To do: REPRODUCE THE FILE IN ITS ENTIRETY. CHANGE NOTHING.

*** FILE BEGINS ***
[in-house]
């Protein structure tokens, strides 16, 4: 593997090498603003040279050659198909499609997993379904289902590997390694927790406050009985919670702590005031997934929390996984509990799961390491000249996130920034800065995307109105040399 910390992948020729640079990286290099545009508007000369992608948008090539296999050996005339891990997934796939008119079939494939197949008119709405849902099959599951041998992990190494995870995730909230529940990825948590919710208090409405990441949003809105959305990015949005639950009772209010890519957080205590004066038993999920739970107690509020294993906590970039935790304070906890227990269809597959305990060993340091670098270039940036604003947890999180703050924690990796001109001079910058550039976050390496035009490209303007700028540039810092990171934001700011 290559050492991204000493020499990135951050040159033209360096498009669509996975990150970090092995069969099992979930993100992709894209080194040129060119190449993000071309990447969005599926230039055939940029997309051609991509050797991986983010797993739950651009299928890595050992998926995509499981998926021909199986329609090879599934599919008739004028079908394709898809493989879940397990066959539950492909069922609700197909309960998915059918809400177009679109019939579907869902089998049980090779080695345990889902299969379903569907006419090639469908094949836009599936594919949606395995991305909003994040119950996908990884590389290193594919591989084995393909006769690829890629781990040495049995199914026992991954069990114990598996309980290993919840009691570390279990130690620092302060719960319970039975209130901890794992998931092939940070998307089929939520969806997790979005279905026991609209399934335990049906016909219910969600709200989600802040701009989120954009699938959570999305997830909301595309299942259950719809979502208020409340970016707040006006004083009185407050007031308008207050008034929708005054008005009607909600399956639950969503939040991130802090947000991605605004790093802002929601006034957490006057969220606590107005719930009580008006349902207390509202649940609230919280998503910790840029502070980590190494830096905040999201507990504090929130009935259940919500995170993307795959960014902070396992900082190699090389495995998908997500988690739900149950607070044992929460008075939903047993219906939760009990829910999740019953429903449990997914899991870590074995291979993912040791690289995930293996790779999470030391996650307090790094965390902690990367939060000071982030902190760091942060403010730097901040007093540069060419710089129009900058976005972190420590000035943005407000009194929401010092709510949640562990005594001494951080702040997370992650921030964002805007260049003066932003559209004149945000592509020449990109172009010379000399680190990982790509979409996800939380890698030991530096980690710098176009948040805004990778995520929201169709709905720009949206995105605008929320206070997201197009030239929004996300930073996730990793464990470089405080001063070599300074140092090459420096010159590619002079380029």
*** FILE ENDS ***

[in-house]
């Protein structure tokens, strides 16, 4: 593997090498603003040279050659198909499609997993379904289902590997390694927790406050009985919670702590005031997934929390996984509990799961390491000249996130920034800065995307109105040399 910390992948020729640079990286290099545009508007000369992608948008090539296999050996005339891990997934796939008119079939494939197949008119709405849902099959599951041998992990190494995870995730909230529940990825948590919710208090409405990441949003809105959305990015949005639950009772209010890519957080205590004066038993999920739970107690509020294993906590970039935790304070906890227990269809597959305990060993340091670098270039940036604003947890999180703050924690990796001109001079910058550039976050390496035009490209303007700028540039810092990171934001700011 290559050492991204000493020499990135951050040159033209360096498009669509996975990150970090092995069969099992979930993100992709894209080194040129060119190449993000071309990447969005599926230039055939940029997309051609991509050797991986983010797993739950651009299928890595050992998926995509499981998926021909199986329609090879599934599919008739004028079908394709898809493989879940397990066959539950492909069922609700197909309960998915059918809400177009679109019939579907869902089998049980090779080695345990889902299969379903569907006419090639469908094949836009599936594919949606395995991305909003994040119950996908990884590389290193594919591989084995393909006769690829890629781990040495049995199914026992991954069990114990598996309980290993919840009691570390279990130690620092302060719960319970039975209130901890794992998931092939940070998307089929939520969806997790979005279905026991609209399934335990049906016909219910969600709200989600802040701009989120954009699938959570999305997830909301595309299942259950719809979502208020409340970016707040006006004083009185407050007031308008207050008034929708005054008005009607909600399956639950969503939040991130802090947000991605605004790093802002929601006034957490006057969220606590107005719930009580008006349902207390509202649940609230919280998503910790840029502070980590190494830096905040999201507990504090929130009935259940919500995170993307795959960014902070396992900082190699090389495995998908997500988690739900149950607070044992929460008075939903047993219906939760009990829910999740019953429903449990997914899991870590074995291979993912040791690289995930293996790779999470030391996650307090790094965390902690990367939060000071982030902190760091942060403010730097901040007093540069060419710089129009900058976005972190420590000035943005407000009194929401010092709510949640562990005594001494951080702040997370992650921030964002805007260049003066932003559209004149945000592509020449990109172009010379000399680190990982790509979409996800939380890698030991530096980690710098176009948040805004990778995520929201169709709905720009949206995105605008929320206070997201197009030239929004996300930073996730990793464990470089405080001063070599300074140092090459420096010159590619002079380029």